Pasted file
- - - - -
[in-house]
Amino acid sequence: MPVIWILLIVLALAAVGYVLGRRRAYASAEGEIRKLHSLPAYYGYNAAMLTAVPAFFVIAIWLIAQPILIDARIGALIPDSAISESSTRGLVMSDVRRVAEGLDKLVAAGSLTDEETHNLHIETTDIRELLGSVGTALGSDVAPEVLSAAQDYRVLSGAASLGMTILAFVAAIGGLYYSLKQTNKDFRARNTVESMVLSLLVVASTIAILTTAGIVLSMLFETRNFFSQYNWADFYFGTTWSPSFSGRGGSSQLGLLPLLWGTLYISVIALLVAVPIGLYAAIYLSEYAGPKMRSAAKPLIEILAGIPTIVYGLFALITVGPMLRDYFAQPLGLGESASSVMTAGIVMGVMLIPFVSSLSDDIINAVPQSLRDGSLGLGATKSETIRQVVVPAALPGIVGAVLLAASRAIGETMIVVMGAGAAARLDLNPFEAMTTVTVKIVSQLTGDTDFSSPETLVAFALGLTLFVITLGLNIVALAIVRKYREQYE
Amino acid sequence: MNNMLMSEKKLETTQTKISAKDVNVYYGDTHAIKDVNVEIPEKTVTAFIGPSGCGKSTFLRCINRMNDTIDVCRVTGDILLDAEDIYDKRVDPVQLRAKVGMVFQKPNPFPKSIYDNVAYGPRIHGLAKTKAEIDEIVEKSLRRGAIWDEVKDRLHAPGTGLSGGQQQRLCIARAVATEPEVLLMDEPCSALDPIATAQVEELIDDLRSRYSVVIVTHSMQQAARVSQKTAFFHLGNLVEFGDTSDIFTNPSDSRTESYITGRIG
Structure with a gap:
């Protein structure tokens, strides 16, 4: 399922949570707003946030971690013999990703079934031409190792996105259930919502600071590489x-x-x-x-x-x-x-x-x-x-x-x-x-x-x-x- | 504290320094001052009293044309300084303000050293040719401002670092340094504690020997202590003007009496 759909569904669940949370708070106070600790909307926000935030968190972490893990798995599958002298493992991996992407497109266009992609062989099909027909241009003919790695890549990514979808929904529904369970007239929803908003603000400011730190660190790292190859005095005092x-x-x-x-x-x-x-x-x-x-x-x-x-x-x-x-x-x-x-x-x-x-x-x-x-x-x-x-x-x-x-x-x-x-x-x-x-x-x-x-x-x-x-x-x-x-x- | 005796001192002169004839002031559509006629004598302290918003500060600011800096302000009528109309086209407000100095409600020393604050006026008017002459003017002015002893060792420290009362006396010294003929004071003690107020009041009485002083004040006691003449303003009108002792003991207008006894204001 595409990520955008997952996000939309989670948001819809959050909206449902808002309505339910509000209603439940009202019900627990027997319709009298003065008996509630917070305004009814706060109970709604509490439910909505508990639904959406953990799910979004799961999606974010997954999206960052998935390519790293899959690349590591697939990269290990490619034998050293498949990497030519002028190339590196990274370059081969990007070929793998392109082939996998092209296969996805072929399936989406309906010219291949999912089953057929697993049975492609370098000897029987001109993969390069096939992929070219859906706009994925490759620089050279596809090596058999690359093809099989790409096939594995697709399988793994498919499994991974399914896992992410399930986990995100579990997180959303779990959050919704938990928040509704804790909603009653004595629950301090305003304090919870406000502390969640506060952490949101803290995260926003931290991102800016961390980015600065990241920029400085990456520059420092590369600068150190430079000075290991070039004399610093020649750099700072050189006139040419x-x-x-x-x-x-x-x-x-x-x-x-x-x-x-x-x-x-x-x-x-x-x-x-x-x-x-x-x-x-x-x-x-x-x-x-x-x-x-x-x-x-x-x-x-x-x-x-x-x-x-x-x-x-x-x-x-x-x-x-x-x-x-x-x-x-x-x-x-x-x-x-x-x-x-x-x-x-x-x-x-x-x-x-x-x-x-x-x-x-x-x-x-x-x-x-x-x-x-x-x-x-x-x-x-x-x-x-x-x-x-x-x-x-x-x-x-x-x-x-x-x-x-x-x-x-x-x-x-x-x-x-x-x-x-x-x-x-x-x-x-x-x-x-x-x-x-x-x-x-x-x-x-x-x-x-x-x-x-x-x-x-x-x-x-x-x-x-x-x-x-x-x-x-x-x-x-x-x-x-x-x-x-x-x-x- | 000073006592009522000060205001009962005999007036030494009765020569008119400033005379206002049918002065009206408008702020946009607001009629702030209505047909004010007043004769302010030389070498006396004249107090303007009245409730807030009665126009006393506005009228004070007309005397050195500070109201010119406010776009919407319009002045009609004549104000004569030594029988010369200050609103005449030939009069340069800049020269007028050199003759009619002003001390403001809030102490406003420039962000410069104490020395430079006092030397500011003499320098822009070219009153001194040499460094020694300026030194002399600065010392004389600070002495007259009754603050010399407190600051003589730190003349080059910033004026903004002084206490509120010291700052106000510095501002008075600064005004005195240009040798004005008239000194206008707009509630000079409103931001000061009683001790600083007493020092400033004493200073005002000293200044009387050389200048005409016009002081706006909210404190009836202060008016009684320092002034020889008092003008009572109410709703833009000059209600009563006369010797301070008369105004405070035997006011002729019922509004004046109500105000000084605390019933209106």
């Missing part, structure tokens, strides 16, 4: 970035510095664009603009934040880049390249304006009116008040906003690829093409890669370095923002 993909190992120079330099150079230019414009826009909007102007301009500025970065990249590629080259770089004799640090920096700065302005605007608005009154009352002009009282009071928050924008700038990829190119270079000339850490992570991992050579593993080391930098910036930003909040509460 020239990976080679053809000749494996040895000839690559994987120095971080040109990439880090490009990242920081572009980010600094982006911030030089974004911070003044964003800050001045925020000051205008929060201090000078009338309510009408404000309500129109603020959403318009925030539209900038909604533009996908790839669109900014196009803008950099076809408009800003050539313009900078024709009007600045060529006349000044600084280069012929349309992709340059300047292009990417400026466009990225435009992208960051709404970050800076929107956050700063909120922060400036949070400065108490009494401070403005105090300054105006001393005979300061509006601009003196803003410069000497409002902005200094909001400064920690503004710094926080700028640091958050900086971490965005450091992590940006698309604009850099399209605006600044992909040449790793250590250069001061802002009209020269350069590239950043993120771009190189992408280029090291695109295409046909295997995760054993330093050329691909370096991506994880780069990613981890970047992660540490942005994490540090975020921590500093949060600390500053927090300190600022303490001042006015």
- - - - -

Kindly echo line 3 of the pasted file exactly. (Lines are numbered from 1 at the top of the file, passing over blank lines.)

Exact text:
Amino acid sequence: MNNMLMSEKKLETTQTKISAKDVNVYYGDTHAIKDVNVEIPEKTVTAFIGPSGCGKSTFLRCINRMNDTIDVCRVTGDILLDAEDIYDKRVDPVQLRAKVGMVFQKPNPFPKSIYDNVAYGPRIHGLAKTKAEIDEIVEKSLRRGAIWDEVKDRLHAPGTGLSGGQQQRLCIARAVATEPEVLLMDEPCSALDPIATAQVEELIDDLRSRYSVVIVTHSMQQAARVSQKTAFFHLGNLVEFGDTSDIFTNPSDSRTESYITGRIG